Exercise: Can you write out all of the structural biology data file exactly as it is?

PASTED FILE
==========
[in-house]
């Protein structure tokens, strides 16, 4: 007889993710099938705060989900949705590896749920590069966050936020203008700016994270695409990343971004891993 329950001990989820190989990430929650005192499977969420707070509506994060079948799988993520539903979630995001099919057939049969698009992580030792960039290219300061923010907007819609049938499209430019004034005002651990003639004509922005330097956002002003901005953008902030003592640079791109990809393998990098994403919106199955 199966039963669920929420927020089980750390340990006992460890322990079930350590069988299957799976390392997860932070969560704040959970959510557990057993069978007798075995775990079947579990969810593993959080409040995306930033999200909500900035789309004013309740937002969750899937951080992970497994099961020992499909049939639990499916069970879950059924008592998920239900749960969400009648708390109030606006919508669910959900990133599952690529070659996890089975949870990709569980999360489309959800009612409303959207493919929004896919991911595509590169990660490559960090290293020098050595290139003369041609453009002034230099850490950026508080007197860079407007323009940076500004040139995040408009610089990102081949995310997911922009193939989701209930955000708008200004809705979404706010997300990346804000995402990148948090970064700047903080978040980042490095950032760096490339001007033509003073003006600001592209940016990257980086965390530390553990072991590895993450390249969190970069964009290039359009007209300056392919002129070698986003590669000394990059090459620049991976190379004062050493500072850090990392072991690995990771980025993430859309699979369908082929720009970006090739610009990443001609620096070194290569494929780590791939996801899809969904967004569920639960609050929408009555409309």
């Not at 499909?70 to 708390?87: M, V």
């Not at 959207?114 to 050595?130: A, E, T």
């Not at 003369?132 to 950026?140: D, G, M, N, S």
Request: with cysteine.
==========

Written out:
[in-house]
């Protein structure tokens, strides 16, 4: 007889993710099938705060989900949705590896749920590069966050936020203008700016994270695409990343971004891993 329950001990989820190989990430929650005192499977969420707070509506994060079948799988993520539903979630995001099919057939049969698009992580030792960039290219300061923010907007819609049938499209430019004034005002651990003639004509922005330097956002002003901005953008902030003592640079791109990809393998990098994403919106199955 199966039963669920929420927020089980750390340990006992460890322990079930350590069988299957799976390392997860932070969560704040959970959510557990057993069978007798075995775990079947579990969810593993959080409040995306930033999200909500900035789309004013309740937002969750899937951080992970497994099961020992499909049939639990499916069970879950059924008592998920239900749960969400009648708390109030606006919508669910959900990133599952690529070659996890089975949870990709569980999360489309959800009612409303959207493919929004896919991911595509590169990660490559960090290293020098050595290139003369041609453009002034230099850490950026508080007197860079407007323009940076500004040139995040408009610089990102081949995310997911922009193939989701209930955000708008200004809705979404706010997300990346804000995402990148948090970064700047903080978040980042490095950032760096490339001007033509003073003006600001592209940016990257980086965390530390553990072991590895993450390249969190970069964009290039359009007209300056392919002129070698986003590669000394990059090459620049991976190379004062050493500072850090990392072991690995990771980025993430859309699979369908082929720009970006090739610009990443001609620096070194290569494929780590791939996801899809969904967004569920639960609050929408009555409309």
């Not at 499909?70 to 708390?87: M, V």
């Not at 959207?114 to 050595?130: A, E, T």
């Not at 003369?132 to 950026?140: D, G, M, N, S």
Request: with cysteine.